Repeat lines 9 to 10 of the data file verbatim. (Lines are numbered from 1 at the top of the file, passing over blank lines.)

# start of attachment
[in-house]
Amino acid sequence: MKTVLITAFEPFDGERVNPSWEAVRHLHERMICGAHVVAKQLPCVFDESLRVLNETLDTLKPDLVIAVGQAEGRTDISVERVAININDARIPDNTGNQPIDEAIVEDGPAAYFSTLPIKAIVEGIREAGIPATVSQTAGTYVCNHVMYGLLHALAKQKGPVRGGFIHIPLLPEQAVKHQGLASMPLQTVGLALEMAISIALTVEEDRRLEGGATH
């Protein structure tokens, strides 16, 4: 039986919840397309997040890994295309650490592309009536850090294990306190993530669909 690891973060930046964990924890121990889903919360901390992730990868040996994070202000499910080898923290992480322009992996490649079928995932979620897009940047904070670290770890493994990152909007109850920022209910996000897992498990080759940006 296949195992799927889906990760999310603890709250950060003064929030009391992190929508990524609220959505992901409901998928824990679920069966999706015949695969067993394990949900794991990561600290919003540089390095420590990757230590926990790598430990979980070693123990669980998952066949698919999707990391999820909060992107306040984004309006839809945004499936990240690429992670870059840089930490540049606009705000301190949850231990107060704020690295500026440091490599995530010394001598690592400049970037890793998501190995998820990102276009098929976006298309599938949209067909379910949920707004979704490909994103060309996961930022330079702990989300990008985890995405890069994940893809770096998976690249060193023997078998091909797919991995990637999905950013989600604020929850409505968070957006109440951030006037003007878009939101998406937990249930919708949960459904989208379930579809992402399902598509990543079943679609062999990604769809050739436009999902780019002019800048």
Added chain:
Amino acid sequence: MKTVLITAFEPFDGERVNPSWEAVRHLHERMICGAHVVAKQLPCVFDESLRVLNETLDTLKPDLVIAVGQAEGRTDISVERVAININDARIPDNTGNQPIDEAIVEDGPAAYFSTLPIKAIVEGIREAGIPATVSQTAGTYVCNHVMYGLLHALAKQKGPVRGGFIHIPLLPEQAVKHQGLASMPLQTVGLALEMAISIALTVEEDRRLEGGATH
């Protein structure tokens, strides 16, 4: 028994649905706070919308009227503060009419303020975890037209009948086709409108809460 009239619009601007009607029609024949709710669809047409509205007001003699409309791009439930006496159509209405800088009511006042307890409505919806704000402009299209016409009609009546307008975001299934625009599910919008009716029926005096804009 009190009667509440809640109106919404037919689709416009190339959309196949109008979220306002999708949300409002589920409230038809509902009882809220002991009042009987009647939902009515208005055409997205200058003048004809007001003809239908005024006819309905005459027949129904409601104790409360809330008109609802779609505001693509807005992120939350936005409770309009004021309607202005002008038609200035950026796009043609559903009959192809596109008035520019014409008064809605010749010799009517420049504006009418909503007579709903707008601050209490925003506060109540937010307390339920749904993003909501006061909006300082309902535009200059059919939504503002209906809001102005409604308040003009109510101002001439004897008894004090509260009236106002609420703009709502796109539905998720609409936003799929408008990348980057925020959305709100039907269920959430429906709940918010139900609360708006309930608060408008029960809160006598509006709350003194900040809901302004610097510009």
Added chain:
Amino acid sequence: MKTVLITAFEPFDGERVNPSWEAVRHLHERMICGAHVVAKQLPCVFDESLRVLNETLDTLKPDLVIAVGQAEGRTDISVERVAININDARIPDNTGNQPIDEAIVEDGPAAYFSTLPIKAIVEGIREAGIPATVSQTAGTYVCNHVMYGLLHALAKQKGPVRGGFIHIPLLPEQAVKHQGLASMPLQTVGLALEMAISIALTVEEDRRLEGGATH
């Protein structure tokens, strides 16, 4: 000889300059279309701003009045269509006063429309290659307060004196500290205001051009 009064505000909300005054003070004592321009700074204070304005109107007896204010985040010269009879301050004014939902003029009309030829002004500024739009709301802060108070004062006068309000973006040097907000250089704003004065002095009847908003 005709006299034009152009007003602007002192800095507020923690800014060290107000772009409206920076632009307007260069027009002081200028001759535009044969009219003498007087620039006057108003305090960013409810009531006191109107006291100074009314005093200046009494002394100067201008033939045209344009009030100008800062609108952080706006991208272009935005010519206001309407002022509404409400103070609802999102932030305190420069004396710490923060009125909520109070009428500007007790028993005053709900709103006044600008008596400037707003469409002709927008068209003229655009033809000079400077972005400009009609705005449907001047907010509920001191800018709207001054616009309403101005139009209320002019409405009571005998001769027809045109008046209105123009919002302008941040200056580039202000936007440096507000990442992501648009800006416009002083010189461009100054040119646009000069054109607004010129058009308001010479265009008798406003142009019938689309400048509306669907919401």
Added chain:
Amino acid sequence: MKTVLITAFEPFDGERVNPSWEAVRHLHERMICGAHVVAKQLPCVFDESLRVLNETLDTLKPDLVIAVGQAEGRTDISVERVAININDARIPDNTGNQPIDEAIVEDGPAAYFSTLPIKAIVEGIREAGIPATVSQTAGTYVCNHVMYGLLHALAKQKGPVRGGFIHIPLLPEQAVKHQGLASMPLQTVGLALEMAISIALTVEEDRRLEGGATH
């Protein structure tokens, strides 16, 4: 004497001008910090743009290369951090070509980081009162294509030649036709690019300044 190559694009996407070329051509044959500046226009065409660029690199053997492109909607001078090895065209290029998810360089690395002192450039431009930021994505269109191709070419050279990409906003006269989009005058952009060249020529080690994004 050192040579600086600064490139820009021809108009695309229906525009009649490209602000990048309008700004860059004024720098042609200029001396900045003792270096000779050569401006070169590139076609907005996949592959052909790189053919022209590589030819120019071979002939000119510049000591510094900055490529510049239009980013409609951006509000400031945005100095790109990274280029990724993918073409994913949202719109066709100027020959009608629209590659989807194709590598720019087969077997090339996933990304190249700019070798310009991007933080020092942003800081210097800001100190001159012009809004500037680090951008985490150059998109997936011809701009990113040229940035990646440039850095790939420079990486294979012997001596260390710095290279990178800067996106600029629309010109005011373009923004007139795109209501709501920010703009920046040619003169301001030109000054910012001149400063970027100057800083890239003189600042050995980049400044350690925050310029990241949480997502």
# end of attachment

């Protein structure tokens, strides 16, 4: 000889300059279309701003009045269509006063429309290659307060004196500290205001051009 009064505000909300005054003070004592321009700074204070304005109107007896204010985040010269009879301050004014939902003029009309030829002004500024739009709301802060108070004062006068309000973006040097907000250089704003004065002095009847908003 005709006299034009152009007003602007002192800095507020923690800014060290107000772009409206920076632009307007260069027009002081200028001759535009044969009219003498007087620039006057108003305090960013409810009531006191109107006291100074009314005093200046009494002394100067201008033939045209344009009030100008800062609108952080706006991208272009935005010519206001309407002022509404409400103070609802999102932030305190420069004396710490923060009125909520109070009428500007007790028993005053709900709103006044600008008596400037707003469409002709927008068209003229655009033809000079400077972005400009009609705005449907001047907010509920001191800018709207001054616009309403101005139009209320002019409405009571005998001769027809045109008046209105123009919002302008941040200056580039202000936007440096507000990442992501648009800006416009002083010189461009100054040119646009000069054109607004010129058009308001010479265009008798406003142009019938689309400048509306669907919401």
Added chain: